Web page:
Got a wonderful visit yesterday from Darryl Ohrt, the Prime Minister of Awesome for Humongo. The digital shop is doing a road tour. They’re visiting friends, generating content, and putting social media into action because, well, because they can. They’ve got a video camera to record stuff, Twitter to connect and promote, Vimeo to post their videos, and a blog from which to report. What else to you need?
Anyway, Darryl and I spent a few minutes talking environment, culture and social media – three of my favorite subjects. It’s been a year since Mullen has moved from the isolated woods of the North Shore to the heart of downtown Boston.
Answering his questions reminded me just how important any company’s physical environment is to fostering culture and innovation. Or in our case to inducing collisions. We want people, opinions, disciplines and ideas crashing into each other, hence our open floor plan and physical integration of disciplines. In an age when the creative team includes technology, UX and digital design and the output can be anything from an app to an eco-system, everyone has to work together in a space that encourages it.
At the same time, Darryl’s road tour — combining video, social, blogging and the mobilization of a community to spread the word, drive inbound links, and create new new connections — reminds us of another equally important point. And that is if you want to lay claim to anything remotely resembling knowledge of the new way to market, you have to get out there and actually do things.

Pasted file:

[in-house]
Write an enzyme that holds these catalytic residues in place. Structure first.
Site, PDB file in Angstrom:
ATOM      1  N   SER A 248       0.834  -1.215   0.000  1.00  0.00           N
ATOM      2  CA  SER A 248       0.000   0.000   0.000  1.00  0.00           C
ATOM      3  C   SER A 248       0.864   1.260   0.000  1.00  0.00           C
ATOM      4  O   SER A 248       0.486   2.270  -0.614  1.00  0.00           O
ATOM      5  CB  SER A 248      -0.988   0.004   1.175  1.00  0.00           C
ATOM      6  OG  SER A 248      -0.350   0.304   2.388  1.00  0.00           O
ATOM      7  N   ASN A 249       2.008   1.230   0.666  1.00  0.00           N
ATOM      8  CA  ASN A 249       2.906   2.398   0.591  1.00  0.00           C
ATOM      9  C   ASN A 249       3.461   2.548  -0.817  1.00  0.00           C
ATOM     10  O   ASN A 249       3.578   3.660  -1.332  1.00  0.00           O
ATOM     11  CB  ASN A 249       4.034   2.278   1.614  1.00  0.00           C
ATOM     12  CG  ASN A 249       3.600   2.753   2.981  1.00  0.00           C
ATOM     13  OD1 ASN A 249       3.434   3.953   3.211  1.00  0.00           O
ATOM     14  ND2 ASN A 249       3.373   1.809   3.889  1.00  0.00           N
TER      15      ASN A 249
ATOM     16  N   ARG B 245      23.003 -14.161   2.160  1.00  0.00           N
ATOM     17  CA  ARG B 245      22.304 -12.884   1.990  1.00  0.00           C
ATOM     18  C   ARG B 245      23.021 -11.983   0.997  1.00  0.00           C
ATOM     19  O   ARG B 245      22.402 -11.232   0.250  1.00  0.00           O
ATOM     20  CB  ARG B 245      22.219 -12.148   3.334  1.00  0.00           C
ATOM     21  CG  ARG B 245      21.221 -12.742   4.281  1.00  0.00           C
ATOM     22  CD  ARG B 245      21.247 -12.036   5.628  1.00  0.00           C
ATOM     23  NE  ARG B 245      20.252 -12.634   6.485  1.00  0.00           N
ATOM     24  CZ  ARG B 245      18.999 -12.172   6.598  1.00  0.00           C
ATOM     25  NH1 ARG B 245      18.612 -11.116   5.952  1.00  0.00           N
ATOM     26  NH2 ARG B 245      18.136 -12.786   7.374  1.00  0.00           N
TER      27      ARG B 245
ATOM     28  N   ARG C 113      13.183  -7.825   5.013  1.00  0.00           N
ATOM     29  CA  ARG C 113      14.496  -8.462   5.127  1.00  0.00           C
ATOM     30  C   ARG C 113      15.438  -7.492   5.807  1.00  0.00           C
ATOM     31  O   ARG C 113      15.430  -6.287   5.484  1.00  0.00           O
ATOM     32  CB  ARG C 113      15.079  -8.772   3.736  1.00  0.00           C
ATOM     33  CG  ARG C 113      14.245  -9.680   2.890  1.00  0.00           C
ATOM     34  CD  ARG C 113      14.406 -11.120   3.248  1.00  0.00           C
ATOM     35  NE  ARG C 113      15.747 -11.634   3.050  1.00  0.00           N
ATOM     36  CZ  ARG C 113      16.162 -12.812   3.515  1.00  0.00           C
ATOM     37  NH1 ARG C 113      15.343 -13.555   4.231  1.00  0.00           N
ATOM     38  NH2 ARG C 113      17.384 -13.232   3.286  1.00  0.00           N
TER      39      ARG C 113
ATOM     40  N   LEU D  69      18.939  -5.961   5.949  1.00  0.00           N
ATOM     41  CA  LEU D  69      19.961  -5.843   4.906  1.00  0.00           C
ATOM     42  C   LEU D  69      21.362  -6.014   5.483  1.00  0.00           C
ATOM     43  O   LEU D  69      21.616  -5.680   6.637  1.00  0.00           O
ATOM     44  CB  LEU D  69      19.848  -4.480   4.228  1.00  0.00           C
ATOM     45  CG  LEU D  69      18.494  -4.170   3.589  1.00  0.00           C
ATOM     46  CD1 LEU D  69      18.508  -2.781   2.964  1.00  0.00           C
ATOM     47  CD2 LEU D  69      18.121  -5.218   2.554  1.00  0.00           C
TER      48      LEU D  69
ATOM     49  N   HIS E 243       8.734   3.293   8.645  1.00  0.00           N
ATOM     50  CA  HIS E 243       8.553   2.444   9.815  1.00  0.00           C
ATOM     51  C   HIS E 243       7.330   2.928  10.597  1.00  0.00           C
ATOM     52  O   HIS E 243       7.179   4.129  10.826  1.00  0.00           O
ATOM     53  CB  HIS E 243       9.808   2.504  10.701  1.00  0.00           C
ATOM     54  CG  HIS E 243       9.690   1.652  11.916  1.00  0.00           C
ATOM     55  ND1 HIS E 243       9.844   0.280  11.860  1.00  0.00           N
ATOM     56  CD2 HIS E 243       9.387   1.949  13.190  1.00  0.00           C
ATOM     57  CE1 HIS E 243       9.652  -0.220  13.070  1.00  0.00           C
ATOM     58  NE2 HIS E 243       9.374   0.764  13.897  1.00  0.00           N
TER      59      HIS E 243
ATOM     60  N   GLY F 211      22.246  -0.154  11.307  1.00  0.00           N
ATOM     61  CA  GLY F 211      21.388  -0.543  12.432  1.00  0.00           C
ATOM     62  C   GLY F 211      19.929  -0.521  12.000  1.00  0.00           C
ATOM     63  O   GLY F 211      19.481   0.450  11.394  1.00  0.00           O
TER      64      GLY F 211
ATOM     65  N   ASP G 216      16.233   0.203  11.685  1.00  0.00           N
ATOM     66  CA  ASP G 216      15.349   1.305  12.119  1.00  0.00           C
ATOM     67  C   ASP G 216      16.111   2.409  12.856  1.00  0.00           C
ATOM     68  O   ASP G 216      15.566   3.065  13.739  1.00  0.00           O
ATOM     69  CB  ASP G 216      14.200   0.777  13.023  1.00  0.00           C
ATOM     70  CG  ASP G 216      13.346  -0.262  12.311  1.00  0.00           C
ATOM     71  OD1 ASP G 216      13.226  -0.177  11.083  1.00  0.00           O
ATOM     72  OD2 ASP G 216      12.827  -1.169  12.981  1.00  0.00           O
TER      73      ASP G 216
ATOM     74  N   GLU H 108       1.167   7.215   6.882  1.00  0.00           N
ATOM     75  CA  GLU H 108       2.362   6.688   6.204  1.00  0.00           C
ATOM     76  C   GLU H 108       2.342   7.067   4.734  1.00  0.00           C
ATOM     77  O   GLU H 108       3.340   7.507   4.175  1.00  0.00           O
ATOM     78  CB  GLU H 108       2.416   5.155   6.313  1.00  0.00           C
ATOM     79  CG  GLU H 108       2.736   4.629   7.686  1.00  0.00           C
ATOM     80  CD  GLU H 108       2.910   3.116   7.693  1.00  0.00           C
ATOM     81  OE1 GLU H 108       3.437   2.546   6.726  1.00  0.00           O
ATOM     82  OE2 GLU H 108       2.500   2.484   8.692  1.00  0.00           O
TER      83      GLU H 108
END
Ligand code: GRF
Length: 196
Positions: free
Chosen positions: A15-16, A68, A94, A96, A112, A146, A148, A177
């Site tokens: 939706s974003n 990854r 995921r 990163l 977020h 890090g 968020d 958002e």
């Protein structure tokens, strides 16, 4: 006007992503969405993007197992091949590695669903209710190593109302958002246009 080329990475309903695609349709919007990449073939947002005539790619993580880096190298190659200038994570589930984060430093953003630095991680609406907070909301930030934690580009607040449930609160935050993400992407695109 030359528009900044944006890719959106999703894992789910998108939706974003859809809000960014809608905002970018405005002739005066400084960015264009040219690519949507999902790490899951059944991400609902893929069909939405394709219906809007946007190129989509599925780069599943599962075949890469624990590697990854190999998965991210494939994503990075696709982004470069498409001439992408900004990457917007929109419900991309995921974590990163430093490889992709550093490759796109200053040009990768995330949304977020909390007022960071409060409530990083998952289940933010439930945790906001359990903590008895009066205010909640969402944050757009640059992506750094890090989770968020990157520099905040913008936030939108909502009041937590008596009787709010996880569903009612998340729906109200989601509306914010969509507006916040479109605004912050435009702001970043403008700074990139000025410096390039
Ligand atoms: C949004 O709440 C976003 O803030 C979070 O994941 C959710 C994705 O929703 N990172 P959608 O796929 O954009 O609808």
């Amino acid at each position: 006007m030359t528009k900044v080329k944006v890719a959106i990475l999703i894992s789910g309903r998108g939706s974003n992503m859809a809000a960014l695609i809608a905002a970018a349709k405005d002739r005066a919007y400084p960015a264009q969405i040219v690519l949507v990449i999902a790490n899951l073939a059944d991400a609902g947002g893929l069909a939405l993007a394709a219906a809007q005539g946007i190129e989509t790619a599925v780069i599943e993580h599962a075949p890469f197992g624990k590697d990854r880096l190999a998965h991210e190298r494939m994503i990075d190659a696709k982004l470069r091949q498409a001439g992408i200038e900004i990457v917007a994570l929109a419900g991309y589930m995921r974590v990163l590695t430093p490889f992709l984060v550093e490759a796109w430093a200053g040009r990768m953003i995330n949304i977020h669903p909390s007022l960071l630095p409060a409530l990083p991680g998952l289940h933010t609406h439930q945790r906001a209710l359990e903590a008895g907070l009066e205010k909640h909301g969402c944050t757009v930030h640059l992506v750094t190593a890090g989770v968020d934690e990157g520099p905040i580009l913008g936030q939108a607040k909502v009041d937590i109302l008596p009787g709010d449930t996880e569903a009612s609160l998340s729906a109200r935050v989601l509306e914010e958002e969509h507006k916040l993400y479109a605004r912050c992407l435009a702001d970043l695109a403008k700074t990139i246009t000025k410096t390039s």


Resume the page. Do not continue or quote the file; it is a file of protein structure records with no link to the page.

Great approach! As a master student I am researching this topic just now, and you are one of the few who have recognised the importance of a new agency model – and actually did something about it.
Edward, how do you brainstorm with your agency when working on social media campaigns? If it’s not the traditional copywriter - art director team, then what is the structure that works for you? How many of you, and with what sort of skill sets sit together when coming up with social ideas? And what is your working process? Is it similar to the traditional creative briefing followed by creative work process, or is it different too?
It would be great to see your video about How to Transform Your Agency from Traditional to Digital. Will it be available for the public?
Perfect story of this day. After leaving Boston Darryl posted a Tweetphoto of a pit stop where they bought some roadtrip munchies including Mike and Ikes. Later that afternoon I tuned in to the live webcam and saw Chris Spada was chewing. So I tweeted and asked if he was eating Mike and Ikes. And they promptly answered me live on webcam from the road. Even more real time that Old Spice. I was impressed. He was chewing gum btw I was quite disappointed in him. I think sugarless too.
Nora: Our approach is simple. We do two things. 1. We run social media through our PR/social influence group. They are masters of blogger relations, conversation strategy and managing community on platforms like Facebook and Twitter. If and when they need creative, design, etc. they tap into our creative group, which is more and more social savvy. (Though we still haven't done anything is cool, albeit campaign oriented, as Old Spice.) In our creative group -- which includes digital, tech, UX, design -- we also have a social media strategist, connection planner, and soon a mobile planner. The idea is to constantly remind creative teams of the possibilities and also to make sure that our ideas are shareable, interactive, participatory. We truly don't have it all working perfectly yet, but at least we're aware of what we need to be working on, everything from strategy, to team, to how we engage and mobilize community.